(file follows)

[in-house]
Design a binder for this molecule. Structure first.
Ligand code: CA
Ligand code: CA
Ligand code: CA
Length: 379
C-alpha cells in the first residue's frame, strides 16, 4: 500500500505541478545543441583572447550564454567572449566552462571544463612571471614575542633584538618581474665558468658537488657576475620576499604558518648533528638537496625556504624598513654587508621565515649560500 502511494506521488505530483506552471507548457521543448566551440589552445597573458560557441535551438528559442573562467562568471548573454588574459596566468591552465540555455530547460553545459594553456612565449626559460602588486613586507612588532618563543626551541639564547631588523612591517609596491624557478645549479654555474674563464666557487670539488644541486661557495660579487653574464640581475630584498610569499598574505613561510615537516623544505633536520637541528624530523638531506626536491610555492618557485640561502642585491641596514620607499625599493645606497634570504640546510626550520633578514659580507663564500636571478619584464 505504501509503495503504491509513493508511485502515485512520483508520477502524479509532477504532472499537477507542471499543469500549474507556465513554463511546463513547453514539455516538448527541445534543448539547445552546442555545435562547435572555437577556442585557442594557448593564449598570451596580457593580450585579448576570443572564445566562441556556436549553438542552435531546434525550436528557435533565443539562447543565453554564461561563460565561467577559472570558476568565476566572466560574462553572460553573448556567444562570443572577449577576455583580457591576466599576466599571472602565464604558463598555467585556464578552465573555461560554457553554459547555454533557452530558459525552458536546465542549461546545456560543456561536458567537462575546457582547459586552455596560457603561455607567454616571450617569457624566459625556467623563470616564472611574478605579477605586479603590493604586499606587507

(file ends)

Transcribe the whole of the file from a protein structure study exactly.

[in-house]
Design a binder for this molecule. Structure first.
Ligand code: CA
Ligand code: CA
Ligand code: CA
Length: 379
C-alpha cells in the first residue's frame, strides 16, 4: 500500500505541478545543441583572447550564454567572449566552462571544463612571471614575542633584538618581474665558468658537488657576475620576499604558518648533528638537496625556504624598513654587508621565515649560500 502511494506521488505530483506552471507548457521543448566551440589552445597573458560557441535551438528559442573562467562568471548573454588574459596566468591552465540555455530547460553545459594553456612565449626559460602588486613586507612588532618563543626551541639564547631588523612591517609596491624557478645549479654555474674563464666557487670539488644541486661557495660579487653574464640581475630584498610569499598574505613561510615537516623544505633536520637541528624530523638531506626536491610555492618557485640561502642585491641596514620607499625599493645606497634570504640546510626550520633578514659580507663564500636571478619584464 505504501509503495503504491509513493508511485502515485512520483508520477502524479509532477504532472499537477507542471499543469500549474507556465513554463511546463513547453514539455516538448527541445534543448539547445552546442555545435562547435572555437577556442585557442594557448593564449598570451596580457593580450585579448576570443572564445566562441556556436549553438542552435531546434525550436528557435533565443539562447543565453554564461561563460565561467577559472570558476568565476566572466560574462553572460553573448556567444562570443572577449577576455583580457591576466599576466599571472602565464604558463598555467585556464578552465573555461560554457553554459547555454533557452530558459525552458536546465542549461546545456560543456561536458567537462575546457582547459586552455596560457603561455607567454616571450617569457624566459625556467623563470616564472611574478605579477605586479603590493604586499606587507